Monday, January 26, 2009

Let's go fishing (or not)

Sure it's cold. Even bitterly cold.

But that's not stopping some die-hard steelhead anglers.

The bulkhead seawall area at the end of Erie Road in Eastlake has seen considerable fishing traffic with enough parking spaces cleared for around a dozen vehicles.

Problem is, the steelhead fishing there has been really, really slow.

At least you don't have to worry about being ticketed for fishing. Eastlake's mayor Ted Andrzejewski said Monday that the city's not contemplating issuing citations.

Meanwhile, John Sima, head of Eastlake's port authority realzies that while the seawall officially closes November 1 the place still attracts a lot of winter trout anglers.

The fear is that someone is going to slip on the ice and fall into the lake; hence the city warning.

Steelheaders are doing better at FirstEnergy's East 72nd Street plant in Cleveland.
Here, the steelheaders are fishing the short hot-water discharge slip and are catching trout by using either jigs tipped with minnows or else casting spawn sacks.

A few walleye are being caught here, as well. These fish are hitting Rapala Husky Jerk crankbaits.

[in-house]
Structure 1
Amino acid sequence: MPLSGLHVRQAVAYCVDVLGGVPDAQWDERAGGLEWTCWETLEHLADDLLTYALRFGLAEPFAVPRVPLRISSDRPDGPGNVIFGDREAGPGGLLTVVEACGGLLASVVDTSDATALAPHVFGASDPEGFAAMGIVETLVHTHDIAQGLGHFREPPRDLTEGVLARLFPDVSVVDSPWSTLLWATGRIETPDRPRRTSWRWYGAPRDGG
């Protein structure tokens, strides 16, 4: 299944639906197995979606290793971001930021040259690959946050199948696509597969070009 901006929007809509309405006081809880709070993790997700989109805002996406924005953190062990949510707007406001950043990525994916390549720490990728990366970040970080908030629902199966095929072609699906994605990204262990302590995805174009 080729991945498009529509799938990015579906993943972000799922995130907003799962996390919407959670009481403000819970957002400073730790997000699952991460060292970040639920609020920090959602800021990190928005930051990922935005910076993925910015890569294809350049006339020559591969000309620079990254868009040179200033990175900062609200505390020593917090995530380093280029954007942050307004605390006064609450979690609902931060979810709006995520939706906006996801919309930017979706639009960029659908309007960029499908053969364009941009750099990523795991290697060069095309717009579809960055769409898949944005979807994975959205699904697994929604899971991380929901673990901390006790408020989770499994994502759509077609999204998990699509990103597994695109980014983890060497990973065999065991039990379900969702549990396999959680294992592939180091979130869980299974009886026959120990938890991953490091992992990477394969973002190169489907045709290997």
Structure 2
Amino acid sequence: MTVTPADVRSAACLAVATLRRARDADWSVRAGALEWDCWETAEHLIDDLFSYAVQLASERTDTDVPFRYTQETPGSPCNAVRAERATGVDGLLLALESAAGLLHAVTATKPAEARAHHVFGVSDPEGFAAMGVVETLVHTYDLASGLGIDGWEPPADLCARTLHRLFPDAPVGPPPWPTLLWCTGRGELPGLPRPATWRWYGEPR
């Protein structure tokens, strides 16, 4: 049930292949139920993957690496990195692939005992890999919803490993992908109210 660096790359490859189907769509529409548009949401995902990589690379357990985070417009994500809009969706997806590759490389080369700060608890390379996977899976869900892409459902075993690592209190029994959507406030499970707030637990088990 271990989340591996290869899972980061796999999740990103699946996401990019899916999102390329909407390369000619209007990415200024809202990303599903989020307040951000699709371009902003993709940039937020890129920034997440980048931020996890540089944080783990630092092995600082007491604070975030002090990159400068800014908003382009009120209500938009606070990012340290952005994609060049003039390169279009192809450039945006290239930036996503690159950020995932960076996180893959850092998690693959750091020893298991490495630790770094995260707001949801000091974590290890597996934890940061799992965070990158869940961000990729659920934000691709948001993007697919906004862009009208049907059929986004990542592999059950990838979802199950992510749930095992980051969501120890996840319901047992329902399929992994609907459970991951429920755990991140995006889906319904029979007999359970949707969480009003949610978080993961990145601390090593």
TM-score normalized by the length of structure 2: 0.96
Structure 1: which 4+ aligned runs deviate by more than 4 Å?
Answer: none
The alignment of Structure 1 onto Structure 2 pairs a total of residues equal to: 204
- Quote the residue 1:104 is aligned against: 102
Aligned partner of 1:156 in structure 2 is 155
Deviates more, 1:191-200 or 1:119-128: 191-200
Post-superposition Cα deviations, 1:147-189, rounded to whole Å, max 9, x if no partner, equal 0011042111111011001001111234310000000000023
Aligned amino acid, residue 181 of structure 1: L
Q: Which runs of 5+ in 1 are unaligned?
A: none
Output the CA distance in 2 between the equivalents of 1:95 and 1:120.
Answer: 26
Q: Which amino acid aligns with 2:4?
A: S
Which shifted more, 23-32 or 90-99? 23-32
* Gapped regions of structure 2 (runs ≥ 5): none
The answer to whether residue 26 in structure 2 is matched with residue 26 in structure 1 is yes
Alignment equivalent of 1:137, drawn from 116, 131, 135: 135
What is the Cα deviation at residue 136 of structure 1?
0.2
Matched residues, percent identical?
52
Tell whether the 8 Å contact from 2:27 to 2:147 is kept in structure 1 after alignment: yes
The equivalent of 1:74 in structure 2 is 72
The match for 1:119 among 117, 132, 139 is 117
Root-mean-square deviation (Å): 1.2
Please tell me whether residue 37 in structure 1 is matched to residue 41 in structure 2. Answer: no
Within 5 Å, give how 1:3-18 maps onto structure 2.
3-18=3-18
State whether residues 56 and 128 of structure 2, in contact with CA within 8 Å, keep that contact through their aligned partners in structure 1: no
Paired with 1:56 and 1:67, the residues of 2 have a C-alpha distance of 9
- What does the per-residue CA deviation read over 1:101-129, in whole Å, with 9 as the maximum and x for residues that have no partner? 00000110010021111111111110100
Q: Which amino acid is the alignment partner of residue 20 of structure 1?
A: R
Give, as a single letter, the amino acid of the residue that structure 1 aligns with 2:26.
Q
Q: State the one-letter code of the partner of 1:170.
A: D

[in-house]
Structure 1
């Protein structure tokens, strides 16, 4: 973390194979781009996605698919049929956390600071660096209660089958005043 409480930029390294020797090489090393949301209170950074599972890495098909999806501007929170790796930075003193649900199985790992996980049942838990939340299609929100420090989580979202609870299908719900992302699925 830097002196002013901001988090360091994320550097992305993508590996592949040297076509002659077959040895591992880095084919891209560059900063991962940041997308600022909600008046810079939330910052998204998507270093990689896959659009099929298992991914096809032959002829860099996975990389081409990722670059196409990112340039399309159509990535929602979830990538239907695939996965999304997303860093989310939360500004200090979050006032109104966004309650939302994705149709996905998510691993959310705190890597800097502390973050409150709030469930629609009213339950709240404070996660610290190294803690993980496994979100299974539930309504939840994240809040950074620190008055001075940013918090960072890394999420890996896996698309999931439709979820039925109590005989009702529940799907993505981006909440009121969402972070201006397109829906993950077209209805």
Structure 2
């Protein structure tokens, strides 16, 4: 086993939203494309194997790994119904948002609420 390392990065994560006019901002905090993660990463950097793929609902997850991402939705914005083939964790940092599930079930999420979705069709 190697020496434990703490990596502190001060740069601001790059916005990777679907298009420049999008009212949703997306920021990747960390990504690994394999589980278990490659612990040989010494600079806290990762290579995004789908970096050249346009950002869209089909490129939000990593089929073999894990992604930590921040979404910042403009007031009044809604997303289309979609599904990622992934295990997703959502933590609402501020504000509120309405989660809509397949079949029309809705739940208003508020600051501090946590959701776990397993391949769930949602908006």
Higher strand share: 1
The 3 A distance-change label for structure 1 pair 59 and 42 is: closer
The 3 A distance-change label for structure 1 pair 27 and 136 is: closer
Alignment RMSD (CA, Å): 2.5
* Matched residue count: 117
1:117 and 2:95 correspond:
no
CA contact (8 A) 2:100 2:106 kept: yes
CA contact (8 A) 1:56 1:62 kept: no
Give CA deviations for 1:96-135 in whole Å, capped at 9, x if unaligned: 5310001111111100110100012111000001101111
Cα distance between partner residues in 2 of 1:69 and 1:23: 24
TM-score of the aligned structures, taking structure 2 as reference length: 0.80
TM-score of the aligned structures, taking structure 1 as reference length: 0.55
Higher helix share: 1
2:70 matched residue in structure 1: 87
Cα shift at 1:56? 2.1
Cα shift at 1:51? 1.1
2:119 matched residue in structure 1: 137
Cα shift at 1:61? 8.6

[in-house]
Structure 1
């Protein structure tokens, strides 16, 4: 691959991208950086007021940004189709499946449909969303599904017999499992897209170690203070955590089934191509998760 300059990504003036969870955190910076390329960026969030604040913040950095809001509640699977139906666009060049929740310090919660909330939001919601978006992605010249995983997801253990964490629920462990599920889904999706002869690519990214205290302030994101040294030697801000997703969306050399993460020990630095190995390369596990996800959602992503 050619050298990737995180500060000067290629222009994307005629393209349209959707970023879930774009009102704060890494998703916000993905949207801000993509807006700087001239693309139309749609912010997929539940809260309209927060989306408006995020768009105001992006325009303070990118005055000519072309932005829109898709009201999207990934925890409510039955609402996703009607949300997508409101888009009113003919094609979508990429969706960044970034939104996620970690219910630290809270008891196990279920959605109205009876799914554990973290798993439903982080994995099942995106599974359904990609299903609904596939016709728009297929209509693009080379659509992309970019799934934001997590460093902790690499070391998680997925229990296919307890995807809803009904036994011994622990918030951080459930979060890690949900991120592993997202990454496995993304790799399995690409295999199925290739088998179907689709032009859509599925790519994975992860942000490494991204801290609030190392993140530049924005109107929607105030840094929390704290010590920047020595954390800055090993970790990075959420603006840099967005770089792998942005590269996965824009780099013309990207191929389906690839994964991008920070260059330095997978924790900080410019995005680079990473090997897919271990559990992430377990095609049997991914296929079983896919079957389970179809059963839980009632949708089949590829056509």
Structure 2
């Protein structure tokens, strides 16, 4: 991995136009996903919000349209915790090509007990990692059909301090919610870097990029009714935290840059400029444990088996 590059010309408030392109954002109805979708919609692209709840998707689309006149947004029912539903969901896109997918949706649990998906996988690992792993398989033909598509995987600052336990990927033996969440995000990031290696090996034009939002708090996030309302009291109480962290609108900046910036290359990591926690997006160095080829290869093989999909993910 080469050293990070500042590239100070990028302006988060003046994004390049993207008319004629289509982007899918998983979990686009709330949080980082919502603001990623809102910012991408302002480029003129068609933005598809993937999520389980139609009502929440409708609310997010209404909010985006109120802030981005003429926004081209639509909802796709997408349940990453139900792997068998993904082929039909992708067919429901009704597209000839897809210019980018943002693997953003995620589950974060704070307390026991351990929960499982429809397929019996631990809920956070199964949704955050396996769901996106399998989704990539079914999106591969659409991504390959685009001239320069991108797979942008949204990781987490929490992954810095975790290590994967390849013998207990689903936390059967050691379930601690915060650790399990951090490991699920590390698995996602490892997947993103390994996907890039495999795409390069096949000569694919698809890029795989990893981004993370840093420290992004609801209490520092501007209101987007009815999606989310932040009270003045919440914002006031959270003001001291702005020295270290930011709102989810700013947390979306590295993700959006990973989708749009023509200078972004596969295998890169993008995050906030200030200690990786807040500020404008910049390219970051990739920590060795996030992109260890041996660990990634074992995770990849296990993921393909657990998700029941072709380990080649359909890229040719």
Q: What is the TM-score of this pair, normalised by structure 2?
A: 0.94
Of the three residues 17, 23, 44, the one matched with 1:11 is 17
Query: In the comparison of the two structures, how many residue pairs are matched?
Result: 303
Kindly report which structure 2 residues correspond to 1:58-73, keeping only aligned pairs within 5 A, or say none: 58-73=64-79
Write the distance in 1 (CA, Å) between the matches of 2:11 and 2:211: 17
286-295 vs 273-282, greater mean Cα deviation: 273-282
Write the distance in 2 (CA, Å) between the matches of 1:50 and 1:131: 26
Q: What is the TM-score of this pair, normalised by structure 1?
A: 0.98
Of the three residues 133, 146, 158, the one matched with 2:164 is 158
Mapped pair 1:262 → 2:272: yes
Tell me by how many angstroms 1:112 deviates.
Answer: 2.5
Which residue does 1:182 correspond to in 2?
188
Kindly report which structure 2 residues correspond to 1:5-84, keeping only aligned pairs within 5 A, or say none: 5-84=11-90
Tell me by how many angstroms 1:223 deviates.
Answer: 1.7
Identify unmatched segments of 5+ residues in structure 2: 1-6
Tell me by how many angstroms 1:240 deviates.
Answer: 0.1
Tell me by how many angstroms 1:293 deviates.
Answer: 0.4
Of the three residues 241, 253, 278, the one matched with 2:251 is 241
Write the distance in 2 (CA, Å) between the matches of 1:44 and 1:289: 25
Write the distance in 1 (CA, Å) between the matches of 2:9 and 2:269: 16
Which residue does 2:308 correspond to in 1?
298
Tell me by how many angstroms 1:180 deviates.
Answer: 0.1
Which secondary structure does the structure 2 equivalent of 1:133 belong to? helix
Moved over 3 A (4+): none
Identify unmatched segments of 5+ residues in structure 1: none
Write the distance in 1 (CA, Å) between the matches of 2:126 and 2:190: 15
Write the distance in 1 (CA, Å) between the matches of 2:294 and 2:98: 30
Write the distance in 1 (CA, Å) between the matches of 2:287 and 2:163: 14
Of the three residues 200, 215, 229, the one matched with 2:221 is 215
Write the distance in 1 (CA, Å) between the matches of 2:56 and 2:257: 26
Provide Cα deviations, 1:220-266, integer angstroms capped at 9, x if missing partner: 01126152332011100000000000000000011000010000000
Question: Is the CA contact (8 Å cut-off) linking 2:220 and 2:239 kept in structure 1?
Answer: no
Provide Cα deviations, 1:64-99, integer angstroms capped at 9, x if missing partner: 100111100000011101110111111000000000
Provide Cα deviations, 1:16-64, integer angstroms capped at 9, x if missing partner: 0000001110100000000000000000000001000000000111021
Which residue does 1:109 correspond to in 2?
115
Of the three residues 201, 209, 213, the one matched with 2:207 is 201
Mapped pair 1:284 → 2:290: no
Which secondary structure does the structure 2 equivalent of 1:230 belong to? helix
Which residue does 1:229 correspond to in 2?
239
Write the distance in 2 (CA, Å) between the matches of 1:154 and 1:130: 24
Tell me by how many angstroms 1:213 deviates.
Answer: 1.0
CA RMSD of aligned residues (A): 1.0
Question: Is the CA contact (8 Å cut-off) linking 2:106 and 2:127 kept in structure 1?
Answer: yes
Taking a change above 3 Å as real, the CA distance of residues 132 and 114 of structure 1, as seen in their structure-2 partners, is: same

Stream fishermen are concentrating on the Grand River area below Harpersfield dam in Ashtabula County.

Unfortunately, on the best days the dam is over-crowded with up to 25 anglers spread out along the structure's face. That's way too many fishermen for my tastes.

Another problem is that you can walk downstream to the high shale bank and fish but that area's been taken over by some really poor sports.

Mentor's Bob Ashley has fished there and been hemmed in by pushy fishermen who let their floats and lines drift aimlessly through everyone else's water space.

They're obviously newbees, too, since they've been observed fishing with their spinning reels turned upside down.

It was a lot more fun steelheading 10 and 20 years ago when there were fewer trout but far fewer anglers fishing for them.

My plans call for a second ice fishing outing on Thursday for bluegills.

- Jeffrey L. Frischkorn

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